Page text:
I am writing to add my thoughts to the column by Jenna Mehnert, executive director of NAMI-Maine, and the rebuttal by a psychologist, Lewis Lester, about criminally charging people with mental illness who assault mental health workers within the hospital setting.

As a sheriff, I am exposed firsthand to this issue. Our jails have become de facto mental health institutions. Lester characterizes NAMI’s position of advocacy of the mentally ill as “gobbledygook.” While I do not know what he means by this term, I suspect that it is as non-complimentary as the rest of his article.

My experience with NAMI is much different. The National Alliance for the Mentally Ill has been on the front lines with law enforcement, corrections and the current system trying to steer an uncoordinated system into an effective coordinated system of care. Many mentally ill individuals do not belong in jails and some are not appropriate for our current hospital settings because of their risk of violence.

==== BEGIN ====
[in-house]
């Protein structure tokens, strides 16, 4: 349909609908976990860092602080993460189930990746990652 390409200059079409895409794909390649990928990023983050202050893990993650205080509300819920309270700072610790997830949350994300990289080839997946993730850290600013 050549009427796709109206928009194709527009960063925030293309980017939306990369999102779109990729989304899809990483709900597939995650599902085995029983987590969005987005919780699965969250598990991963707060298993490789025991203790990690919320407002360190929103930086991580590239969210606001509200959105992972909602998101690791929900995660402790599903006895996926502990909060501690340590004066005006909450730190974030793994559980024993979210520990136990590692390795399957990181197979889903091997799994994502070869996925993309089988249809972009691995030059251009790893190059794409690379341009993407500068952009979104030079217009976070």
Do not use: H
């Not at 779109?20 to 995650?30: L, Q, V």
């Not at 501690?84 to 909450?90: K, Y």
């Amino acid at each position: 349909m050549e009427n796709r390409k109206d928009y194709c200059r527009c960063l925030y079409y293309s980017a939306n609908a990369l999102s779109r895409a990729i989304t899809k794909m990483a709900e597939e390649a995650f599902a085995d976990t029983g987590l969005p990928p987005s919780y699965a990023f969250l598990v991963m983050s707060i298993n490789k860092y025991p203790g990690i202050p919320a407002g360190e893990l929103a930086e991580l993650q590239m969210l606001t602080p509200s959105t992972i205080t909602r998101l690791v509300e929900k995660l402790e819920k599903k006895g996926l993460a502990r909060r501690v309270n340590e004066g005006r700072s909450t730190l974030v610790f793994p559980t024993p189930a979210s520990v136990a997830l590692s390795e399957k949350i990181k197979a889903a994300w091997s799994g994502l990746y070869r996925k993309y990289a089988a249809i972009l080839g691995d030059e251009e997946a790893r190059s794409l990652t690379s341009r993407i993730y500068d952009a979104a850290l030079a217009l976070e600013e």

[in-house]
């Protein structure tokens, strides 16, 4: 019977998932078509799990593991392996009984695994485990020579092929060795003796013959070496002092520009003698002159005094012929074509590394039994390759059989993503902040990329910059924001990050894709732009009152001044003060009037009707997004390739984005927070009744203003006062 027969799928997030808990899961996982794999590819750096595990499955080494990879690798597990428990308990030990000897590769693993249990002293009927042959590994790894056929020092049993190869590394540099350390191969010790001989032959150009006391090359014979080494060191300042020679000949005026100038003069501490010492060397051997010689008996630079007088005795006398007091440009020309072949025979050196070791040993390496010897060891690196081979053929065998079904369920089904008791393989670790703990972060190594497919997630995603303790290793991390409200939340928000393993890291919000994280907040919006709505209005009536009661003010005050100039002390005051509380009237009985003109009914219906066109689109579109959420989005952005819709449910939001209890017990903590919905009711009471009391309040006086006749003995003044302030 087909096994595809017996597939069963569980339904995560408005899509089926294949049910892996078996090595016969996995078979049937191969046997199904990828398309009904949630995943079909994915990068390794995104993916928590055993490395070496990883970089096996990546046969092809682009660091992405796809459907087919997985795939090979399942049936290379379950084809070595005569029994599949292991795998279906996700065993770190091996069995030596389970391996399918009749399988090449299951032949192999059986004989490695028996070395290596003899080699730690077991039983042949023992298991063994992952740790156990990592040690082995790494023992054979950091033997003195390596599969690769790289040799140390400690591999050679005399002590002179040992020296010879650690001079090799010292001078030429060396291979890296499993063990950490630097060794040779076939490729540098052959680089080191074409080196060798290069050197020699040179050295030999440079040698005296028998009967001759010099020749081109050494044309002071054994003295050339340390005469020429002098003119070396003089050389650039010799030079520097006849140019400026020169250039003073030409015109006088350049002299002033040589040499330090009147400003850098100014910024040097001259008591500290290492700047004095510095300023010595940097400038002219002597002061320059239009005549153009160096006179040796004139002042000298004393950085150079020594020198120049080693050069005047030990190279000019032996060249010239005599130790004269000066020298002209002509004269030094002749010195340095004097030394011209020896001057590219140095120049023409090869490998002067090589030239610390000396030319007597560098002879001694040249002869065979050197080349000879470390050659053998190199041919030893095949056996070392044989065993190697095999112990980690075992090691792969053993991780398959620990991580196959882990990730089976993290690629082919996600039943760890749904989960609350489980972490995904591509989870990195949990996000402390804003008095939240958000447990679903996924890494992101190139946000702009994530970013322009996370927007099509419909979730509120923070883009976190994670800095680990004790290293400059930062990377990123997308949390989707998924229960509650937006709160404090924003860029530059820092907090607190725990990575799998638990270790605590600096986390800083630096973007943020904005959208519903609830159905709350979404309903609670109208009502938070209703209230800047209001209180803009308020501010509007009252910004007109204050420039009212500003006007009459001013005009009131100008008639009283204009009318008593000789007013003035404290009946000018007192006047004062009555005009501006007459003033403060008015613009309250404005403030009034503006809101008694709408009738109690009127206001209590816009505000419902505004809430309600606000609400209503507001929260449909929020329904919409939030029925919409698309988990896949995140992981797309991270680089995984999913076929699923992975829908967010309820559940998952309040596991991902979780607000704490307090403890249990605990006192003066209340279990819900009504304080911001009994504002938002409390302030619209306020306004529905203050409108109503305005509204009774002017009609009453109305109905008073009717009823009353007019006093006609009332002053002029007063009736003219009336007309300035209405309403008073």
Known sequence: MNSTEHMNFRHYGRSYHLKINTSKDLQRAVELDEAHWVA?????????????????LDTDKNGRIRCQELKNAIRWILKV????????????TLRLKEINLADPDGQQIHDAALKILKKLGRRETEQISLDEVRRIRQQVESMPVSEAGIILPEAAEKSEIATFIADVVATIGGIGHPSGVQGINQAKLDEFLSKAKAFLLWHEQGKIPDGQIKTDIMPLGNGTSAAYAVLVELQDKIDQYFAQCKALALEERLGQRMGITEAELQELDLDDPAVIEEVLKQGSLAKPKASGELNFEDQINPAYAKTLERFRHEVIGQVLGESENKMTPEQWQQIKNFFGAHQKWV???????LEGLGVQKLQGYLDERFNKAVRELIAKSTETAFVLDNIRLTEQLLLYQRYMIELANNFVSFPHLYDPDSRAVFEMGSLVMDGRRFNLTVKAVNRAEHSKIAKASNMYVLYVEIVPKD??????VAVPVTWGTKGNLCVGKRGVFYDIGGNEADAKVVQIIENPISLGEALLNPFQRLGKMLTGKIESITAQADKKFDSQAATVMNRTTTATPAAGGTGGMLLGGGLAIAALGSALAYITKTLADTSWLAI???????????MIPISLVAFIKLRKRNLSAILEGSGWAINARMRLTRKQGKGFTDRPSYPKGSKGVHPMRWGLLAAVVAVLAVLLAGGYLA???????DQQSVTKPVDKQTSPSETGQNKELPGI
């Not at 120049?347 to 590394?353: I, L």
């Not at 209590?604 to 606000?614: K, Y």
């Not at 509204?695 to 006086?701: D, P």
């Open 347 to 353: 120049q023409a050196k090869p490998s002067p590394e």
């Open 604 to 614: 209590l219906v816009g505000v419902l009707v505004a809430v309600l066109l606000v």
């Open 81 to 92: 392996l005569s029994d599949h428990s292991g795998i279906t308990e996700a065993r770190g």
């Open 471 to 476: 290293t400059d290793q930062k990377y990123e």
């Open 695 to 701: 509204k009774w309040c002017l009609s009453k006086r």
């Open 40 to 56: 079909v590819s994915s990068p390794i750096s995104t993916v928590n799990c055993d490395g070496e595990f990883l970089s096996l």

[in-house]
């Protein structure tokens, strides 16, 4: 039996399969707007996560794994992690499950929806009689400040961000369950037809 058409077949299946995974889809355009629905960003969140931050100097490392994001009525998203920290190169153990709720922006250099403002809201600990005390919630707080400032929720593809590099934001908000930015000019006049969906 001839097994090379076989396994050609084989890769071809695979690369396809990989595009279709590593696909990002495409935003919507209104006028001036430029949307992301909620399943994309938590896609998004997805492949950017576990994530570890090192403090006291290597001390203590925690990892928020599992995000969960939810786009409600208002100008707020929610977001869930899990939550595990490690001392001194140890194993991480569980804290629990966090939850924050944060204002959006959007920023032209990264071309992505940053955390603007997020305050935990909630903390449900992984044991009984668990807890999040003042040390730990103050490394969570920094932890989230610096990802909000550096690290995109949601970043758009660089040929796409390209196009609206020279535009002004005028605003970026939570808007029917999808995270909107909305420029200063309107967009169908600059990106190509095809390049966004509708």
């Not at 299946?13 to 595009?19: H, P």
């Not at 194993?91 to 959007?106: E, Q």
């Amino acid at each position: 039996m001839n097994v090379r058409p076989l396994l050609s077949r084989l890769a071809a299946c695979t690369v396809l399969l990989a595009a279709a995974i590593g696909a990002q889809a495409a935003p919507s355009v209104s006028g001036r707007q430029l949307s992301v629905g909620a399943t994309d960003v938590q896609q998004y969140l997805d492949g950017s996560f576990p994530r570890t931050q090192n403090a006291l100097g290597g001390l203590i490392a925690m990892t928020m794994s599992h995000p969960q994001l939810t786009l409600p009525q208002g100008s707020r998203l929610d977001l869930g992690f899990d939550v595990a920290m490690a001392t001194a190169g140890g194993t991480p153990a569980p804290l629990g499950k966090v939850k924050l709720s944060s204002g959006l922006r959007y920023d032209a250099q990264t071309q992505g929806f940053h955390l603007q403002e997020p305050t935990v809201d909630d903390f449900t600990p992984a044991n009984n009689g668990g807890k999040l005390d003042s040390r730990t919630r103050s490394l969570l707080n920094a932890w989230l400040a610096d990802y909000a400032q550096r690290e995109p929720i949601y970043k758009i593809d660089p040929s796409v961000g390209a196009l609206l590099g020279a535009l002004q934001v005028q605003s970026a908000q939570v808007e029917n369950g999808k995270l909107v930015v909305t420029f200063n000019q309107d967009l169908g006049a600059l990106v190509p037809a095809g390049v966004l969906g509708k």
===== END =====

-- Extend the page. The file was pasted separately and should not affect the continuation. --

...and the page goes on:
I am certain that NAMI agrees with both Lester and I that no one wants a health care worker or correctional officer to be injured while performing their duties.

The fact is that Lester should join with NAMI and me to advocate for a facility designed to deal with the very specific and difficult-to-manage individuals described by Mehnert. Perhaps then the patient would receive appropriate care, and the risk of violence would be greatly diminished. Collaboration of interested parties is how we get things done.

Penobscot County Sheriff Glenn Ross


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